Madonna released her 14th studio album and pulled no punches when talking about LGBTQ and womens’ rights as well as advocating for gun control in America.
The 60-year-old musician adopted an entire persona for “Madame X” in which she puts activism front-and-center. She uses her songs to advocate for causes that she’s passionate about and feels are in danger in the modern world.
“If you’re talking about the far right and the rights that are being taken away from, say the LGBTQ community or women’s rights ... obviously I am traumatized and horrified” she told Reuters in an interview.
On the track “I Rise,” Madonna takes on the topic of guns in the United States directly, using a sound byte from Parkland shooting survivor and gun control advocate Emma Gonzalez.
“When you think about the amount of people who have died, been killed, have been wounded, whose lives have been changed irrevocably because of the lack of gun control in America, it’s such a huge, huge problem.
“I care deeply about it so I couldn’t not write about it,” she told the outlet.
In a different track, “Killers Who Are Partying” she sings about poor and exploited children as well as a woman who was raped.
These are crazy times because we fought really hard for a lot of these freedoms and now it seems like they are all systematically being taken away ...It doesn’t make me feel hopeless. It just makes me want to fight back,” Madonna concluded to Reuters.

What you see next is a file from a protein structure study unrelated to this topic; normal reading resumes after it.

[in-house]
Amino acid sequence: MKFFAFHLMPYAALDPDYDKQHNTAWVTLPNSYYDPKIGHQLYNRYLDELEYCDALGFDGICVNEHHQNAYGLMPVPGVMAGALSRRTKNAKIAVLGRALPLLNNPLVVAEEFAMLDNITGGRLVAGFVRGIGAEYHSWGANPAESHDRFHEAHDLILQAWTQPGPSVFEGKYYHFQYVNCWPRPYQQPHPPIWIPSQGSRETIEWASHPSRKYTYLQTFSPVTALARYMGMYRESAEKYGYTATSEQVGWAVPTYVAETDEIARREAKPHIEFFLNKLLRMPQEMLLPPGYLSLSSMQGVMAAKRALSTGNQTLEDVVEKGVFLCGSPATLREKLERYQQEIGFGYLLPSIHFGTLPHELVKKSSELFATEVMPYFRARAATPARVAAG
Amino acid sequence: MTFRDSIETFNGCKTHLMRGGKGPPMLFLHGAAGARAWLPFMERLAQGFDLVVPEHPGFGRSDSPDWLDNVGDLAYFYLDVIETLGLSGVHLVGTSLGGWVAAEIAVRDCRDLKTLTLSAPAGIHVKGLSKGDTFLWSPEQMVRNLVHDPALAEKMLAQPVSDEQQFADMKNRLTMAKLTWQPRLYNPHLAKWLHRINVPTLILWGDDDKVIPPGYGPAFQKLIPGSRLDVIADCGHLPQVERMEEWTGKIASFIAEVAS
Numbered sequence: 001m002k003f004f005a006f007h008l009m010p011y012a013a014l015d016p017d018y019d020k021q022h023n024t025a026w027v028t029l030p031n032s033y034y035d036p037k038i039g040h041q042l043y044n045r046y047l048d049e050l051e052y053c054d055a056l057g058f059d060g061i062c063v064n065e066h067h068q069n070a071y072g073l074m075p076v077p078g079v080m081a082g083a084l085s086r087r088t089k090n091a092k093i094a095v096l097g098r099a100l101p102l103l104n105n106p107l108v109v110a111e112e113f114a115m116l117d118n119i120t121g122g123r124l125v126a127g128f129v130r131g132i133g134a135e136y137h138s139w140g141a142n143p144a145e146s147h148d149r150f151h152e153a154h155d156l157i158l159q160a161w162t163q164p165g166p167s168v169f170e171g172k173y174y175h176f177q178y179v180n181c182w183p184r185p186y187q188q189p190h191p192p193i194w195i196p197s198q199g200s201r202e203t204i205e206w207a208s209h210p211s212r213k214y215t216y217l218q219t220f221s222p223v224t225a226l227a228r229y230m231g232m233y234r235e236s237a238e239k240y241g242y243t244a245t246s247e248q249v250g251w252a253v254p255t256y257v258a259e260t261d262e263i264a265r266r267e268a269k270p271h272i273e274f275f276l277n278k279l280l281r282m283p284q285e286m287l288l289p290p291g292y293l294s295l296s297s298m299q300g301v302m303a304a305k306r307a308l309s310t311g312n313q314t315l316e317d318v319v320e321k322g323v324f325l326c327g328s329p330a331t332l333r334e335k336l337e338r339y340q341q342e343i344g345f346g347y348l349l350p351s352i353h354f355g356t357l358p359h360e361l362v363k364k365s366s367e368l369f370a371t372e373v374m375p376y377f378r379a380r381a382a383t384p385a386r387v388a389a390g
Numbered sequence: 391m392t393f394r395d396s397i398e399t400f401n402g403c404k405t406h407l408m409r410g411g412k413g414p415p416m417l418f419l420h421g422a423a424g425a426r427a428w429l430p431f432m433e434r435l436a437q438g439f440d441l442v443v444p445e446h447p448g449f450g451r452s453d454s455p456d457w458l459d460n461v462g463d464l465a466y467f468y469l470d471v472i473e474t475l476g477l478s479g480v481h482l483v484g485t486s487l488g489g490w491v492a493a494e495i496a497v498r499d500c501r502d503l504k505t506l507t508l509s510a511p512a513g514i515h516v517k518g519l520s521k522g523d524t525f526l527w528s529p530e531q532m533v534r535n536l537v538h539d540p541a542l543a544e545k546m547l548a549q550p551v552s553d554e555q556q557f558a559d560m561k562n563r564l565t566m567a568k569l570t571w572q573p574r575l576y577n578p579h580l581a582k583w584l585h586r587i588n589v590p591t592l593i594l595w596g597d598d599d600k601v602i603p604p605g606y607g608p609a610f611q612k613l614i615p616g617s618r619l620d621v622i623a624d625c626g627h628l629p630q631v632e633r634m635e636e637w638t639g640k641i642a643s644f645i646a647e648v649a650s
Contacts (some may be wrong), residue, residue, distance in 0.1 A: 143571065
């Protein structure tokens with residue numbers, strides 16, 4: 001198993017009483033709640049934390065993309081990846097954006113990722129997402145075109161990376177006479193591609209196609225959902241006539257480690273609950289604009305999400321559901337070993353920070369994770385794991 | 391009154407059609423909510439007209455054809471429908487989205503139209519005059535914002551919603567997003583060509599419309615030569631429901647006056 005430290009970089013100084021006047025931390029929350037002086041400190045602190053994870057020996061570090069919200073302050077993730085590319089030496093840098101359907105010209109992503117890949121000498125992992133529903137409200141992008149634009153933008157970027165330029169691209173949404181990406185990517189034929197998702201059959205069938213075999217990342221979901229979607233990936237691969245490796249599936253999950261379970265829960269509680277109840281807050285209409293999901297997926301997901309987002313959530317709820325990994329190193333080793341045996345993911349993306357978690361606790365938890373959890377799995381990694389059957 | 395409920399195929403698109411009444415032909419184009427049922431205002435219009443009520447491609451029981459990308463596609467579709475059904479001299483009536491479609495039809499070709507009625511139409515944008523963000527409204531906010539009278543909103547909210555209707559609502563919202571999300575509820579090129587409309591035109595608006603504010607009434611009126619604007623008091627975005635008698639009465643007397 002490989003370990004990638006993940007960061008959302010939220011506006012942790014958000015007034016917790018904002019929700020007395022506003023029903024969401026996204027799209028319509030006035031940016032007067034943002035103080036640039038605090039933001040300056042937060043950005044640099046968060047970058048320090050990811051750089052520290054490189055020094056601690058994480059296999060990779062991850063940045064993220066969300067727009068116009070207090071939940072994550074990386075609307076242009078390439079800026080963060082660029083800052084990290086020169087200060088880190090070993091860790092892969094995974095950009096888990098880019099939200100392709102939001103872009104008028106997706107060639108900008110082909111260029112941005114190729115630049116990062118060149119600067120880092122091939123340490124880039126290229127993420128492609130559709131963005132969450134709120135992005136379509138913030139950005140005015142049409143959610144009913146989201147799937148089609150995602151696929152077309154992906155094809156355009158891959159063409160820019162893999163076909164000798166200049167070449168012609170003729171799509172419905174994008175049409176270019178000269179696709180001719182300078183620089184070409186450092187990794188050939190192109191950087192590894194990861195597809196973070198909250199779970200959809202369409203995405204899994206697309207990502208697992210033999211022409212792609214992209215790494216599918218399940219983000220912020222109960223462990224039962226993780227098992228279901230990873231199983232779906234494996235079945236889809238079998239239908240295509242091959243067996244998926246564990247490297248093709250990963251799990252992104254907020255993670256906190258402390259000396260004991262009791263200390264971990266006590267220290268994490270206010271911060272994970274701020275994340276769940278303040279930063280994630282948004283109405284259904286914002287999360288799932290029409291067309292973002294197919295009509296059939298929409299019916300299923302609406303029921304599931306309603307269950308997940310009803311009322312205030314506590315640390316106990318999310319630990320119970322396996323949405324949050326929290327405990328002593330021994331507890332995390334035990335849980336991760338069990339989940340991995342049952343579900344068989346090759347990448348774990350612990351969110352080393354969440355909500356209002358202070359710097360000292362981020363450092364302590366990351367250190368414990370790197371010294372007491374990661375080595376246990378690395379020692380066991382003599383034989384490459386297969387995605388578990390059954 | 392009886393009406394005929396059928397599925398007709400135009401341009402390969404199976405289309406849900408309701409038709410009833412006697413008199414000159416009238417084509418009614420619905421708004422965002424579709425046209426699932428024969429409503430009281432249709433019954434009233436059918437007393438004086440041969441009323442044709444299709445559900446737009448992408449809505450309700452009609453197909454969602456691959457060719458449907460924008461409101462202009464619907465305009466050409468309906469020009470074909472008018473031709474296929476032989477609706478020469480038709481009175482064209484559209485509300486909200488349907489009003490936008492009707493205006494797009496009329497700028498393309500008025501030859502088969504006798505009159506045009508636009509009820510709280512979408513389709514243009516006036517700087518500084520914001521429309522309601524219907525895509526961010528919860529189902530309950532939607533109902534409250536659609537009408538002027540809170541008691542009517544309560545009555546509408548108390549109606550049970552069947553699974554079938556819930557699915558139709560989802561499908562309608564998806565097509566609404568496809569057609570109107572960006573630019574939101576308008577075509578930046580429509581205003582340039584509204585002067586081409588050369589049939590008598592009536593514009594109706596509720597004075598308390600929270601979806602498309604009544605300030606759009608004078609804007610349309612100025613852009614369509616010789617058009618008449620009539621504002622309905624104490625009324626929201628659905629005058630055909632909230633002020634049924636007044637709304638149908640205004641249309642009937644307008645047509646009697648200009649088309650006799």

This isn’t the first time that Madonna has discussed topical issues. She previously revealed that disgraced movie mogul Harvey Weinstein crossed “lines and boundaries” with her as well as a slew of other women before his misconduct was exposed in 2017.
Harvey crossed lines and boundaries and was incredibly sexually flirtatious and forward with me when we were working together; he was married at the time, and I certainly wasn't interested," she told the New York Times Magazine in an interview published Wednesday. "I was aware that he did the same with a lot of other women that I knew in the business. And we were all, 'Harvey gets to do that because he's got so much power and he's so successful and his movies do so well and everybody wants to work with him, so you have to put up with it.' So that was it."